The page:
11 62 Singapore Academy of Law Journal (1993) The topic of set-off is a comprehensive and difficult one. 39 For present purposes, our focus is a narrow one, confined to the situation of an assignment of book debts. Two situations are contemplated: if the set-off arises from the underlying contract or a closely-connected contract (as in the case of damages for defective goods or late delivery), there is no time limitation. However, if the set off arises from some other contract, then it must have accrued due before notice of the assignment is received by the debtor. 40 Templeman J. in Business Computer s Ltd. v Anglo-African Ltd. framed the principle as follows: The result of the relevant authorities is that a debt which accrues due before notice of an assignment is received, whether or not it is payable before that date, or a debt which arises out of the same contract as that which gives rise to the assigned debt, or is closely connected with that contract, may be set off against the assignee. But a debt which is neither accrued nor connected may not be set off even though it arises from a contract made before the assignment. 41 The other situation is that of a set-off arising from the underlying contract of a closely connected contact. Lord Hobhouse in an earlier Privy Council decision of Newfoundlan d Govt. v Newfoundlan d Rly. Co.put it thus: (Set off is possible) not merely if the (claim) arises out of the same contract but if they flow out of and are inseparably connected with the dealings and transactions which gave rise to the subject of assignment. 42 The problem area here is as to what constitutes a closely connected contract or put another way, a debt which is closely-connected with the underlying contract? Cases that have dealt with this term are in areas other than assignment of book debts. 43 The problem is not acute if the assignor is solvent as the assignee may seek an indemnity from the assignor for any shortfall in payment from the debtor. It is when the assignor is insolvent that such a right of set-off becomes important to the assignee. It is likely that the assignee will find that his retention (of normally 20% or thereabouts) of the purchase price of the assigned debts is not sufficient to cover his claim against the assignor based on the indemnity. Some relevant assignment cases See eg Wood, English & International Set-of f(1989), Derham, Set-off and Goode, Legal Problems of Credit and Security (2nd ed). See eg Re Pinto Leite and Nephew, Ex parts Des Olivaes  1 Ch 221.  2 All E R 741 at p 748. (1881) 13 App Cas 199. For a review of the cases, see Derham, n 39 above, pp and Wood, n 39 above at pp Examples of closely-connected transactions include sale and lease-back contracts, building contracts, divisible letters of credit, agreements for lease and lease-back and a series of related contracts such as consecutive charterparties.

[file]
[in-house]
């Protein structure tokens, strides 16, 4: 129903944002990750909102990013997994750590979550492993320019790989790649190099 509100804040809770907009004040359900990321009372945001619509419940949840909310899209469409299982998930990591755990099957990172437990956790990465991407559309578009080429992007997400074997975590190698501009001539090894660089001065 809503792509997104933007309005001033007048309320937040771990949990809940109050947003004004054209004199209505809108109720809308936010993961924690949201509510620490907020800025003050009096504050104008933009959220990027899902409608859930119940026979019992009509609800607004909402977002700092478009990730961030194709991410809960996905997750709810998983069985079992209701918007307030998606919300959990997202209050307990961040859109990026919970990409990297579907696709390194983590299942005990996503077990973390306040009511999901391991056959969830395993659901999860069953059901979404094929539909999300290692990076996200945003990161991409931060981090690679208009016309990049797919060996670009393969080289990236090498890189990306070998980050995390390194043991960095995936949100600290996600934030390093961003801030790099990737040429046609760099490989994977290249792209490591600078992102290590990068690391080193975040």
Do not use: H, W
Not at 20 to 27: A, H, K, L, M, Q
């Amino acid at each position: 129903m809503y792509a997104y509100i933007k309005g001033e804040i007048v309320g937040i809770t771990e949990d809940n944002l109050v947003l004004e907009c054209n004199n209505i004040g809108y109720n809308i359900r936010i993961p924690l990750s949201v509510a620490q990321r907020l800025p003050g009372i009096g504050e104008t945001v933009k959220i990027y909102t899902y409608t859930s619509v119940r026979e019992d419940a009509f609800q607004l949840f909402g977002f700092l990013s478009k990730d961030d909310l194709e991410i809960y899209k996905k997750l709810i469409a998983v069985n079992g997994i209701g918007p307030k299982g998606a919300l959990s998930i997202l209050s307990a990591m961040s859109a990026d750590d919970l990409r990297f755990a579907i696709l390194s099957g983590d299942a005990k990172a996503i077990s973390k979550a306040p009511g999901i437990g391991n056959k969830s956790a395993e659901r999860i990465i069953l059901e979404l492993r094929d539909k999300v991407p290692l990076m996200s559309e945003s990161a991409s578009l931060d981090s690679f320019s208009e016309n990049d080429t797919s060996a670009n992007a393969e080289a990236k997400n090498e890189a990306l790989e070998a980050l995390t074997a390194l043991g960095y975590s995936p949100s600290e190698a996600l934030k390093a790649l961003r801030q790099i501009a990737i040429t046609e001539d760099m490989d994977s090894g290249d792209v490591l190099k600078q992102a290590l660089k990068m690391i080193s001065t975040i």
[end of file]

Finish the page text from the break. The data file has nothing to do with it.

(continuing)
12 5 S.Ac.L.J. Book Debt Financing 63 are Young v Kitchen 44, Newfoundland Govt v Newfoundland Rly Co 45 (involving the same underlying contract), Business Computers Ltd v Anglo-African Leasing Ltd 46 (involving separate contracts) and The Raven 47 (involving a closely-connected contract). Two other noteworthy points are firstly, that the equities which a debtor may raise against the assignee are limited in value to the amount of the assigned debt. This underscores the fact that these equities are raised in defence as a set-off. Any excess must be recovered from the assignor; 48 and secondly, that a provision in the underlying contract that the debtor will not raise claims or defences against an assignee is enforceable by the assignee Assignee s Liability to Debtor It is clear that the assignee, as a stranger to the underlying contract, may not be sued by the debtor for breach of any terms in the contract. Less clear, however, is the question of whether the assignee is liable to return monies paid when there has been a total failure of consideration of the underlying contract, for example, if the goods are never supplied or are lawfully rejected. The answer to this question is important if the factor pays to the client the amount represented in the invoice; the client becomes insolvent or refuses to repay the debtor; and the amount retained by the factor is insufficient to cover his recourse against the client for breach of warranty. It does not appear that this point has been settled. The debtor may seek to rely on the doctrine of total failure of consideration. However, arguments may be raised against allowing the debtor to have rights of recovery against the assignee. First, the quasi-contractual remedy of recovery of money paid on a total failure of consideration seems to be confined to cases where there has been either an actual or purported contract which has become ineffective. Secondly, in principle, there are no strong grounds to expose an assignee to claims of this kind. Thirdly, it is a general principle of assignment law that the debtor should neither be advantaged nor disadvantaged by the assignment. To allow him recovery against the assignee would be to give him a remedy against two parties, assignor and assignee, when in the absence of any assignment his claim would be against the assignor alone. 50 There appears to be no reported cases in which recovery has been allowed. A basis on which the debtor may rely is the doctrine of money paid on a mistake of fact. 51 In (1878) 3 Ex D 127. Supra, n 42. Supra n 41.  2 Q B 266. Young v Kitchen (1878) 3 Ex D 127 at p 131. Re Blakely Ordinance Co. (1867) 3 Ch App 154 per Rollit L J at pp Goode, Some Aspects of Factoring II - The Factor and the Debtor (1982) J B L 338 at p 339. It is an established principle that money paid on a mistake of fact is recoverable in most circumstances. See Barclays Bank Ltd v W J Simms Son & Cooke  Q B 677.